Dr. Saul Paul Ehrlich Jr., an epidemiologist and the acting Surgeon General under Presidents Nixon, Ford and Carter, died on Jan. 6 of pneumonia. He was 72.
Ehrlich always wanted to become a doctor. The son of a physician, he earned two bachelor’s degrees and his medical degree at the University of Minnesota. Ehrlich served as a medical officer in the Coast Guard, interned at the Public Health Service Hospital in Staten Island, then did his residency in epidemiology at the University of California, Berkeley, where he earned a master’s degree in 1961.
For the next two decades, Ehrlich devoted his life to public service. He researched the relationship of cholesterol to heart disease with the National Heart Institute and represented the United States at the World Health Organization as the director of the Office of International Health.
When Dr. Jesse L. Steinfeld quit the Surgeon General’s post in 1973, President Richard M. Nixon appointed Ehrlich to fill in. For the next four years, he worked hard to make the office relevant and useful to the public. Ehrlich saved the Public Health Service’s Commissioned Corps from budget cuts and developed a hotline for Iron Curtain countries to communicate with the United States.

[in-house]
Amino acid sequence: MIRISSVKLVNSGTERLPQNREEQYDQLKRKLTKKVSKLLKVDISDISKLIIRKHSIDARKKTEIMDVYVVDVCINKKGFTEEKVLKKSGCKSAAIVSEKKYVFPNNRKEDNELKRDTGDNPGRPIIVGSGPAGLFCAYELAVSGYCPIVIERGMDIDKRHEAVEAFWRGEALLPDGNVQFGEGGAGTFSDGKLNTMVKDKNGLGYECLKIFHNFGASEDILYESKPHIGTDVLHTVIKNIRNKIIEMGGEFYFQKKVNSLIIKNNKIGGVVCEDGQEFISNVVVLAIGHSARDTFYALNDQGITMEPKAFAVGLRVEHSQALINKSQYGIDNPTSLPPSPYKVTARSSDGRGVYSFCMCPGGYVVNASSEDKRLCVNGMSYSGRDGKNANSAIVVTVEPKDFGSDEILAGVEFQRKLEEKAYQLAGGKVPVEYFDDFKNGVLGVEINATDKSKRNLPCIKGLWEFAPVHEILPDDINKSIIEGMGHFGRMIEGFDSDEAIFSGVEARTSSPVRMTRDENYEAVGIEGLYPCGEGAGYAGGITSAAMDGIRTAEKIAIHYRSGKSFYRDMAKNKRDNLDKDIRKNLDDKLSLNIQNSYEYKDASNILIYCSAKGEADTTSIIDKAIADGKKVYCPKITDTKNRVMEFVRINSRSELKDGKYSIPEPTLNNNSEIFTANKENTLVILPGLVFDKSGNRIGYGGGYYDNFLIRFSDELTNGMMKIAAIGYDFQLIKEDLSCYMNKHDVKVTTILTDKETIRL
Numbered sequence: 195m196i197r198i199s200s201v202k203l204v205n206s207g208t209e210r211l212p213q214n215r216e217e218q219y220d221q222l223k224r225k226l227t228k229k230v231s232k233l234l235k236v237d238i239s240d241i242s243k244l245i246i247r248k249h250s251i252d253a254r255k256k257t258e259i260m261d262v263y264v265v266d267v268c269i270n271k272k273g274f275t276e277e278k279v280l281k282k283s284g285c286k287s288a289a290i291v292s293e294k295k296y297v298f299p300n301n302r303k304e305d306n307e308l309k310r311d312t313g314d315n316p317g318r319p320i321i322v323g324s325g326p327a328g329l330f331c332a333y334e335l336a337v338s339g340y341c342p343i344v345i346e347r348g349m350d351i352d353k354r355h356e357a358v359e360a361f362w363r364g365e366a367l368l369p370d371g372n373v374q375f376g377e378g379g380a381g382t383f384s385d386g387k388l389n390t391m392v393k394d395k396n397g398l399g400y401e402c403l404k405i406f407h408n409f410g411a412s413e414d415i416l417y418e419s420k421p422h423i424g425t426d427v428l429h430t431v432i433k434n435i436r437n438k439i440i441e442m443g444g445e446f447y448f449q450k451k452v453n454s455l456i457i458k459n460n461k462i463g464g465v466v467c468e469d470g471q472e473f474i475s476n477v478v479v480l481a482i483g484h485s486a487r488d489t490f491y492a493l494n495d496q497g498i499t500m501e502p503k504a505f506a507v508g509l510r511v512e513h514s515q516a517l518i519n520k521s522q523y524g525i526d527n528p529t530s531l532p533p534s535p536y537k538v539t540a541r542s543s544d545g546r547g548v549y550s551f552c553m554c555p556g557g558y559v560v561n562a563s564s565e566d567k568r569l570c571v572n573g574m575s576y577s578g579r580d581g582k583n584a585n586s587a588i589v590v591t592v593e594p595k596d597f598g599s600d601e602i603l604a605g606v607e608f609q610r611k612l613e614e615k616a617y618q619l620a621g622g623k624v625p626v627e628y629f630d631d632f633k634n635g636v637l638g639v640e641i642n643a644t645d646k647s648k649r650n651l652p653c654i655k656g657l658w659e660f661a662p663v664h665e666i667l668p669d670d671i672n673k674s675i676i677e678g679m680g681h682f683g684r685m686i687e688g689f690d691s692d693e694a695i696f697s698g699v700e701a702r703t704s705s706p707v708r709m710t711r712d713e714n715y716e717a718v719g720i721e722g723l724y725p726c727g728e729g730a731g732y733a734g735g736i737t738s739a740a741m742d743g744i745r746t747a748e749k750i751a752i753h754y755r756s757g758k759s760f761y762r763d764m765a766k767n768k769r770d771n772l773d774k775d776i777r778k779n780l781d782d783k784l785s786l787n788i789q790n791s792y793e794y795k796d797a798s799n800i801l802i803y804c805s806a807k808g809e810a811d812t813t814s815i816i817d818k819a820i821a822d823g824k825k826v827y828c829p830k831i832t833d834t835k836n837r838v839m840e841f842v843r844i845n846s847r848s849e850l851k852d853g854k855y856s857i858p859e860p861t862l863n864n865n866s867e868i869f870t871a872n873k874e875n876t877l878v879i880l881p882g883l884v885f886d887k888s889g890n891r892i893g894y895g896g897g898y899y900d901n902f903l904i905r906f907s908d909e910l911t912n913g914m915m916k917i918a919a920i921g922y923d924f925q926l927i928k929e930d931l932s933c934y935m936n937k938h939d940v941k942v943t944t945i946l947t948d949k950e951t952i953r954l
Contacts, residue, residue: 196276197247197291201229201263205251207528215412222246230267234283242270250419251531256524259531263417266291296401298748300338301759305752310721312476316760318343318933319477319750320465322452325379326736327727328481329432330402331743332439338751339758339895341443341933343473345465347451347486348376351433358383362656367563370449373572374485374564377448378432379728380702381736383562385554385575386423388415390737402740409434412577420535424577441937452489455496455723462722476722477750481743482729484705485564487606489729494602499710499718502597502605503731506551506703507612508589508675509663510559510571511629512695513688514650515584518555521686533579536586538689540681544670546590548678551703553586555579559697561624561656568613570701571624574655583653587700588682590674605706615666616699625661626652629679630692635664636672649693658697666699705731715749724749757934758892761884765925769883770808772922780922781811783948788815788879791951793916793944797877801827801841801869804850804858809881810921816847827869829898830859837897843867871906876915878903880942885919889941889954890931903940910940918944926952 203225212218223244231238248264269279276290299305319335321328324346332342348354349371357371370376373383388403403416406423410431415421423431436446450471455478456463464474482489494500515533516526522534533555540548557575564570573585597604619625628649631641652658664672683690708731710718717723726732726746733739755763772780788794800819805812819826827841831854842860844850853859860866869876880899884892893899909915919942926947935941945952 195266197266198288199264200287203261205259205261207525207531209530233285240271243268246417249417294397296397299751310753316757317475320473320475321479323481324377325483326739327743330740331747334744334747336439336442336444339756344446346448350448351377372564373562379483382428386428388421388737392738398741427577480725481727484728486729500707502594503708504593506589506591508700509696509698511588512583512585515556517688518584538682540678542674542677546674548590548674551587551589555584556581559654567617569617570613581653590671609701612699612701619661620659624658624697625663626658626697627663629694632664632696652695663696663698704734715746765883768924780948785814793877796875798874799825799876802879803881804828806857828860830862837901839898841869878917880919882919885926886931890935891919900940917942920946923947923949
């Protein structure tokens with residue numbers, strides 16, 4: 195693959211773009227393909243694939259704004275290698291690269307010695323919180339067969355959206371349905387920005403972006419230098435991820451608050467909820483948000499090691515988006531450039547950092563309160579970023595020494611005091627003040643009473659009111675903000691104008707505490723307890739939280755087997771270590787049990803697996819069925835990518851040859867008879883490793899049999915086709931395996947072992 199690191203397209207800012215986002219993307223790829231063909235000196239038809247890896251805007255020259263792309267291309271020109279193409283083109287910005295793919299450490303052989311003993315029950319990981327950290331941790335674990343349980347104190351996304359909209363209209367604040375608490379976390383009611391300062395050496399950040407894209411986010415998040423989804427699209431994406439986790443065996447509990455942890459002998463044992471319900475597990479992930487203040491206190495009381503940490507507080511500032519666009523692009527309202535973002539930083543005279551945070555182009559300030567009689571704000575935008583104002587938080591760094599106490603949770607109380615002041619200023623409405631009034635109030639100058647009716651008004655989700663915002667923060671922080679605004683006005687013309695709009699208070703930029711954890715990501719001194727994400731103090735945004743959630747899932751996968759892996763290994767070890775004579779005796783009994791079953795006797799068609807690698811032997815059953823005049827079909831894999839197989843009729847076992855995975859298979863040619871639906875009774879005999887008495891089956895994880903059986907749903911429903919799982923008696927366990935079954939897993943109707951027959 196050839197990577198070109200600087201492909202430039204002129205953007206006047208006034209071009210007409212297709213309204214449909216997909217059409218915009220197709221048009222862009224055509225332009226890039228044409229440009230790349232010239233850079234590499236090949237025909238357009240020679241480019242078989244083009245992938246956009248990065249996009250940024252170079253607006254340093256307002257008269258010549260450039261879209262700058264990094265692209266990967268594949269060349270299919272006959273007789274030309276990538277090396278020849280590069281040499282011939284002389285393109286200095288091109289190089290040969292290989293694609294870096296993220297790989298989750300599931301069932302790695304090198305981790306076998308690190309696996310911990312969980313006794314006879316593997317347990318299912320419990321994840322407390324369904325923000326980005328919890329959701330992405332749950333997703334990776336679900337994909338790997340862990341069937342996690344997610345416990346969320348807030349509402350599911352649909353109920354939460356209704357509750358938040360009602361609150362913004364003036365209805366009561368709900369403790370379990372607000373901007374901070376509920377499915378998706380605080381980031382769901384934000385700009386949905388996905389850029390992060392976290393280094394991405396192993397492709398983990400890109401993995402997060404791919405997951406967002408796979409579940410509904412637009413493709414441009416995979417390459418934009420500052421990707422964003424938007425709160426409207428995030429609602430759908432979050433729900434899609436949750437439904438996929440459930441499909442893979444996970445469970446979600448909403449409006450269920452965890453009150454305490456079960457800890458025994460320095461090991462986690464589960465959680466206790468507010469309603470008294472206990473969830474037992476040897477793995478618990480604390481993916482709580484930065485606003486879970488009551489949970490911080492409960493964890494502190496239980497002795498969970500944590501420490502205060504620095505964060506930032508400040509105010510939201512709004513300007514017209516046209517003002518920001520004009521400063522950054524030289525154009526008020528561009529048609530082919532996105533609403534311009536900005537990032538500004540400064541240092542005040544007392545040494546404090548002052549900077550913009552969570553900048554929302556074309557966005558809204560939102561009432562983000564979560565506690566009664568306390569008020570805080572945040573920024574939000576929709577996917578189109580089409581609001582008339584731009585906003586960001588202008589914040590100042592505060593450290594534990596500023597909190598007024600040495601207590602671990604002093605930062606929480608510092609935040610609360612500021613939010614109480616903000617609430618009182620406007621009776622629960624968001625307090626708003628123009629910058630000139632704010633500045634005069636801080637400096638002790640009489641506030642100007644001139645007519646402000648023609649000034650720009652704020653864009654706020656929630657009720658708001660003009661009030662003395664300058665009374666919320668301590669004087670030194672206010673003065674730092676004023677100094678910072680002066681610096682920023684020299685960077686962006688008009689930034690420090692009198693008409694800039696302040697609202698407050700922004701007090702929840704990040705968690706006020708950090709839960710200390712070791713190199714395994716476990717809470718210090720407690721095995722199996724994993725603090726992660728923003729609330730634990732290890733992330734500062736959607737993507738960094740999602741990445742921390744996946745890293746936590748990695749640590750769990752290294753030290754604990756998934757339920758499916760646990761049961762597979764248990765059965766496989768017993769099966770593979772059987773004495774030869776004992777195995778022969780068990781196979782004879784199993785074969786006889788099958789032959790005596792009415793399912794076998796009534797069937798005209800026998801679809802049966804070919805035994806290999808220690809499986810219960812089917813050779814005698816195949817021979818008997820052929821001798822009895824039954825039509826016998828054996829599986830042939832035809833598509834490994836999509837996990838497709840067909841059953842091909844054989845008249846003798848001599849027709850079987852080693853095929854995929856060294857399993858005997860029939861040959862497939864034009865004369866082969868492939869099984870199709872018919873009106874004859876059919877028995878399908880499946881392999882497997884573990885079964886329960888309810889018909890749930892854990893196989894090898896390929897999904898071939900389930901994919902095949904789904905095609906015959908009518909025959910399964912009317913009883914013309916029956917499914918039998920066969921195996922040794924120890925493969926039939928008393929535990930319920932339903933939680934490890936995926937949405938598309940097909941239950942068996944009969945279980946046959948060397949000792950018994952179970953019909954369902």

In 1994, Ehrlich was one of six Surgeons General who urged Congress to ban smoking in public buildings and to enact stricter controls on secondhand smoke. He also protested a proposed federal policy that would have responded to the spread of AIDS by requiring minors to obtain written parental consent before gaining access to contraceptives and information on birth control.
After leaving public office, Ehrlich served as the vice president of the American Institutes for Research and as the deputy director of the Pan American Health Organization. He taught at Georgetown University’s School of Medicine, the University of Texas School of Public Health and the School of Public Health at UC Berkeley. The recipient of the Public Health Service’s Outstanding Service Medal, Ehrlich retired in 1984 after learning that he had multiple sclerosis.